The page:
9-year-old Jerrod Mathis is a busy kid. Between playing after school and baseball practice his Mom likes to stay in touch. That's why she got him a cell phone. "We decided that we really need some tools to keep in contact when we can't all be together," says Jerrod's mom Lee Mathis.
Jerrod isn't alone. Nearly 4 million kids between the ages of 5 and 12 are carrying cell phones! "We've seen a trend," says Pat Houston, CNET Technology Expert. "The cell phone keeps creeping further and further down the age chain."
Houston says eight, nine and ten year olds are the hottest market, as busy parents try to make sure their kids are safe throughout the day. "It's no surprise that the big handset makers and the big cell phone carriers are going to try to tap into that kind of concern," adds Houston.
One example: Mattel is coming out with the Barbie phone aimed at young girls. "It'll be prepaid. You'll be able to use up 30 minutes before you go over the limit and then you won't be able to use anymore," says Houston.
And then there's the new Firefly phone. Kids like Jerrod love that it comes with cool features just like a big kid's cell. "I like that you can pick your animation and your colors for the people that are on your phone," says Jerrod holding his cell phone. But it's certainly not your typical cell. There's no numbered keypad. Instead there's a menu with up to 22 pre-programmed numbers. You can only send and receive calls from the list. "Parents want to know who their kids are calling. They want to know who's calling their kids," says Firefly CEO Robin Abrams.
Abrams says it's safety first with speed dials designated for mom and dad and a 911 button on the side. "This is intended to be a tool and not a toy," says Abrams. And with Firefly, kids can't dial up huge bills since there's no access to expensive extras like games or text messaging.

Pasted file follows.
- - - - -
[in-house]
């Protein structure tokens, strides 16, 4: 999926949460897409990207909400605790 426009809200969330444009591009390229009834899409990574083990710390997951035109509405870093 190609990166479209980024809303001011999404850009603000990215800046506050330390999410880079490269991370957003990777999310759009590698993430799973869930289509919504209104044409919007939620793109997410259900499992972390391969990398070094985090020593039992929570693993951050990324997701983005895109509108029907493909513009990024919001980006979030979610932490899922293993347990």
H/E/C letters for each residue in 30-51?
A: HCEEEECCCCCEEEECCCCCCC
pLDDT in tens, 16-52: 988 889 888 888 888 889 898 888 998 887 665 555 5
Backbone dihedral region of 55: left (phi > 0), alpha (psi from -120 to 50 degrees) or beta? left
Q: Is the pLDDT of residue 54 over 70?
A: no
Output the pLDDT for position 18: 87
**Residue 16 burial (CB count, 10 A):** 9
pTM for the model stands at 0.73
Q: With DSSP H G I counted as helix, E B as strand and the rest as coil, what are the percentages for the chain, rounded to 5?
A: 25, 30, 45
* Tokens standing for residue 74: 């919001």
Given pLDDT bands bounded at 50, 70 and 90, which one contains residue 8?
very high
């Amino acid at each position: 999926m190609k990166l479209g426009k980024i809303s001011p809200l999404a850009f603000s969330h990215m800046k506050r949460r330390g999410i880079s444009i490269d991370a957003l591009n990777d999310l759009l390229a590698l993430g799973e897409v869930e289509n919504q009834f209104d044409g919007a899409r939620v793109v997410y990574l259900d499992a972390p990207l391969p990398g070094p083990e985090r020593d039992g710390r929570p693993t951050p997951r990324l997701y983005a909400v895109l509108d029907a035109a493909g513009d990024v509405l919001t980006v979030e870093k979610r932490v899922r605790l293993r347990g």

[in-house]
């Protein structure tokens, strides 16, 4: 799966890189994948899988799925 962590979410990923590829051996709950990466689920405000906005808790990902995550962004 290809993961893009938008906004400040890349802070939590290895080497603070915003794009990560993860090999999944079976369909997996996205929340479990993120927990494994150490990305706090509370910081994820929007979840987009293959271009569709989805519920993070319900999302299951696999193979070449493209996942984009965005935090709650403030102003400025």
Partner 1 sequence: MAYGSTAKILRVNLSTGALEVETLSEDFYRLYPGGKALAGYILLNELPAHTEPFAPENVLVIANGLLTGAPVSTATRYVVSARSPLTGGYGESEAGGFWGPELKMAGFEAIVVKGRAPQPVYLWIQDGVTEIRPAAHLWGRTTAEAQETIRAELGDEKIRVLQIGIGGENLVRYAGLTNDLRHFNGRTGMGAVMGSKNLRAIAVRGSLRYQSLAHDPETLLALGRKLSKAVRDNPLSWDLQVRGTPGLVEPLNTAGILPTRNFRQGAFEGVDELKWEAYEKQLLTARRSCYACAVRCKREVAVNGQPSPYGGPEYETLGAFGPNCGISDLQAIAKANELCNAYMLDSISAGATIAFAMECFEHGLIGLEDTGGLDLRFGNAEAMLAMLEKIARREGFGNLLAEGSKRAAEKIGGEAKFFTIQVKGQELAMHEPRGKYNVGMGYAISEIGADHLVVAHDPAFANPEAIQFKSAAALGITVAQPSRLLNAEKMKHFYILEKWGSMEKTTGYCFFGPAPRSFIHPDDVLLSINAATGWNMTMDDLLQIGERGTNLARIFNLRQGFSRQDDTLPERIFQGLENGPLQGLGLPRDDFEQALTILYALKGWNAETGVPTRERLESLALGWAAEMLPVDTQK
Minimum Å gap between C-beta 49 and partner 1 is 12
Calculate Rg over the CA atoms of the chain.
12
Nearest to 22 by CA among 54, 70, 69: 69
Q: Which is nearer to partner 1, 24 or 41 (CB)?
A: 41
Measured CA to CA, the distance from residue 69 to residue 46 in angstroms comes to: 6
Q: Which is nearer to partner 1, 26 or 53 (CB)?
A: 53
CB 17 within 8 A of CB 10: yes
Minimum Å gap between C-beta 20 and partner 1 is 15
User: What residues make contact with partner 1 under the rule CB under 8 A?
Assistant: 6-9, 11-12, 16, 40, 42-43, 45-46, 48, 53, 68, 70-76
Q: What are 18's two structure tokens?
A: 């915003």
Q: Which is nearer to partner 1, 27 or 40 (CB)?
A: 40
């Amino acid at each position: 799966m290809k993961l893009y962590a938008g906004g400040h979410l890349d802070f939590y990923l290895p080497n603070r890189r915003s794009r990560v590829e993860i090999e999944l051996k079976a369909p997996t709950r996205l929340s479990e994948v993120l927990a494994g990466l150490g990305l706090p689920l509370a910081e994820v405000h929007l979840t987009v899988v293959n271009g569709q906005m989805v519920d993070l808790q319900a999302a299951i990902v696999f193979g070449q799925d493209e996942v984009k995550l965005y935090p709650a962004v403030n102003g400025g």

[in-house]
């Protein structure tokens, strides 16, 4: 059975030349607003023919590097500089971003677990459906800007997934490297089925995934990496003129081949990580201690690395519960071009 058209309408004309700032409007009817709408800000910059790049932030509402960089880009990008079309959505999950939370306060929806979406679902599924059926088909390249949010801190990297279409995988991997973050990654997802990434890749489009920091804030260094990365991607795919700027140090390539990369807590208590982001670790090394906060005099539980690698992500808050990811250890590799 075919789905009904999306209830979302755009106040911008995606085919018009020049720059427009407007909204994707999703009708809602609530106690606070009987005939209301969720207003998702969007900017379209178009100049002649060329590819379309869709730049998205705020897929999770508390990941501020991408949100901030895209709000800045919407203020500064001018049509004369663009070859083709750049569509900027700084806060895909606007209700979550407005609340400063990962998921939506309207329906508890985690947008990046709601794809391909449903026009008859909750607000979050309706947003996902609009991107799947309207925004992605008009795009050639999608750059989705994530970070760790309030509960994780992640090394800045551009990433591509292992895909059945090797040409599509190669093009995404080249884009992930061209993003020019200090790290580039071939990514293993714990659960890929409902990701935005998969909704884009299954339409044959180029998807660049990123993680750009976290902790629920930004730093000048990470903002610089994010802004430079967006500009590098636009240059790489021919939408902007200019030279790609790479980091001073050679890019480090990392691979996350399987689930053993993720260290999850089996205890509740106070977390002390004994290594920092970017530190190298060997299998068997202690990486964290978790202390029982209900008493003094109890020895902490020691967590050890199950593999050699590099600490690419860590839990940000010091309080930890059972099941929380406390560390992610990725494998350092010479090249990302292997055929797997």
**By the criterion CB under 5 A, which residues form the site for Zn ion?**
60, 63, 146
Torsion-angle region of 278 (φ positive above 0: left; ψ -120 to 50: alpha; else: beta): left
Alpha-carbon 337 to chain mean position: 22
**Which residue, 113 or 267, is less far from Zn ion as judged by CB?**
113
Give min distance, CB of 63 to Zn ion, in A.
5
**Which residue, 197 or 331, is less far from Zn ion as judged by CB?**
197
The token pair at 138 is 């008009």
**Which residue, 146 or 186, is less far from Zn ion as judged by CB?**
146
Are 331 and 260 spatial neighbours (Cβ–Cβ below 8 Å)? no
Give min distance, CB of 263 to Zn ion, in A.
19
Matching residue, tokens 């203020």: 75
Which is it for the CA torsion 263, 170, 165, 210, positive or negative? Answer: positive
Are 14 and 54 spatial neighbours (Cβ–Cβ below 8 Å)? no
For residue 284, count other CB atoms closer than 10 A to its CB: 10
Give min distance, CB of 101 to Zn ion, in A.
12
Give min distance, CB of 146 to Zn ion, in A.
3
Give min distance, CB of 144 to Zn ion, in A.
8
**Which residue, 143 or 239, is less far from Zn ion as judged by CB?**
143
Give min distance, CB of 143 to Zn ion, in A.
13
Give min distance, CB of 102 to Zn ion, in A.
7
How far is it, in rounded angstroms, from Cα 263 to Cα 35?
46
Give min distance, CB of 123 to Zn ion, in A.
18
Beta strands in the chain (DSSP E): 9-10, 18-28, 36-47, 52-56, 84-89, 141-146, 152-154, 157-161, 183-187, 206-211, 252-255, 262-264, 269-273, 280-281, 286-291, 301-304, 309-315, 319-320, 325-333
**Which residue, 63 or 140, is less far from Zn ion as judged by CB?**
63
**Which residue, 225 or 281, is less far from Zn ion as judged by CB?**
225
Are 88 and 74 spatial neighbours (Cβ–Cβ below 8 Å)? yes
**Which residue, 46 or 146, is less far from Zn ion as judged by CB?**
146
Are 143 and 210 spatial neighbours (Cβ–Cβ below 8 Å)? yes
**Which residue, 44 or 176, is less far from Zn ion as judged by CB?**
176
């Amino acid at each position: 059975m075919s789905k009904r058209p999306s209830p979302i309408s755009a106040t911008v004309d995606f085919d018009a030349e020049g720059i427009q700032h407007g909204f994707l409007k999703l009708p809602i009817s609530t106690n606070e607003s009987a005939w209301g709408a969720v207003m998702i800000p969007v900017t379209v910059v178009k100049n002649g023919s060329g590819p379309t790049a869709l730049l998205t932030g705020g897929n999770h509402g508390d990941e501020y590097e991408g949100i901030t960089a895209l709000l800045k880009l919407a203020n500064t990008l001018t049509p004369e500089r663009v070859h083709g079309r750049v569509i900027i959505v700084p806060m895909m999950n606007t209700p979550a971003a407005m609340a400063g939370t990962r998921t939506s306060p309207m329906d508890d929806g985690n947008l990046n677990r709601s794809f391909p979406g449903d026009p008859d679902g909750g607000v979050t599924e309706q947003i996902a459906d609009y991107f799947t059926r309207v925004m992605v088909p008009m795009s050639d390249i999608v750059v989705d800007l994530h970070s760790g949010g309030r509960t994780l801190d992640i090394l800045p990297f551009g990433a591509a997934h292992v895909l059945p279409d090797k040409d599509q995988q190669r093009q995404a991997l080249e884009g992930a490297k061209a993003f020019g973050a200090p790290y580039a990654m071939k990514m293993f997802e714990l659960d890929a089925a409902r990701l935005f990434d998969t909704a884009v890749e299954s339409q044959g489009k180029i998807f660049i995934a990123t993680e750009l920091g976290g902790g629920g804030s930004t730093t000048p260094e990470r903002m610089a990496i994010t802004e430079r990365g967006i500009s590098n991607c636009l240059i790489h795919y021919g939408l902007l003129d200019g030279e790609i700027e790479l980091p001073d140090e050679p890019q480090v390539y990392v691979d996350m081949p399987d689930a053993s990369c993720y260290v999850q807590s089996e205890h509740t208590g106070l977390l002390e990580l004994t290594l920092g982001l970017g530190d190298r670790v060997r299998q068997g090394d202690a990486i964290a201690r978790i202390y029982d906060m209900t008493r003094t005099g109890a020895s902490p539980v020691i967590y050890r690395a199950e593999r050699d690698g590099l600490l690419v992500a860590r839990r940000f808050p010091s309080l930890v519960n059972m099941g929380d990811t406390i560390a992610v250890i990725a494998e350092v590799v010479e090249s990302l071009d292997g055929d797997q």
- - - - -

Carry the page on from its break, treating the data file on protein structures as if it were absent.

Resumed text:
Some of you might be saying my child can barely take care of their toys, now a cell phone? But it's not all fun and games. Some doctors also raise concern fearing kids under 12 aren't ready for any kind of cell phone. "It could be pushing your child to become too grown up too fast," says Psychologist Dr. Rachna Jain. "I think that it could be a distraction for them, and I think that they could make decisions that aren't so good thinking that their cell phone is going to protect them," says Dr. Jain.
"This doesn't take the place of good parenting," rebuts Abrams. Makers say the phones are simply added protection for concerned parents. "Hey mom, I was just wondering if you could come and pick me up now," Jerrod asks his mom on his Firefly mobile phone. He loves his phone, using it every day to call for rides and check in with his working parents. "The benefit is just to never be totally out of touch with our kids," says Mom.
Christine Nelson reporting. email@example.com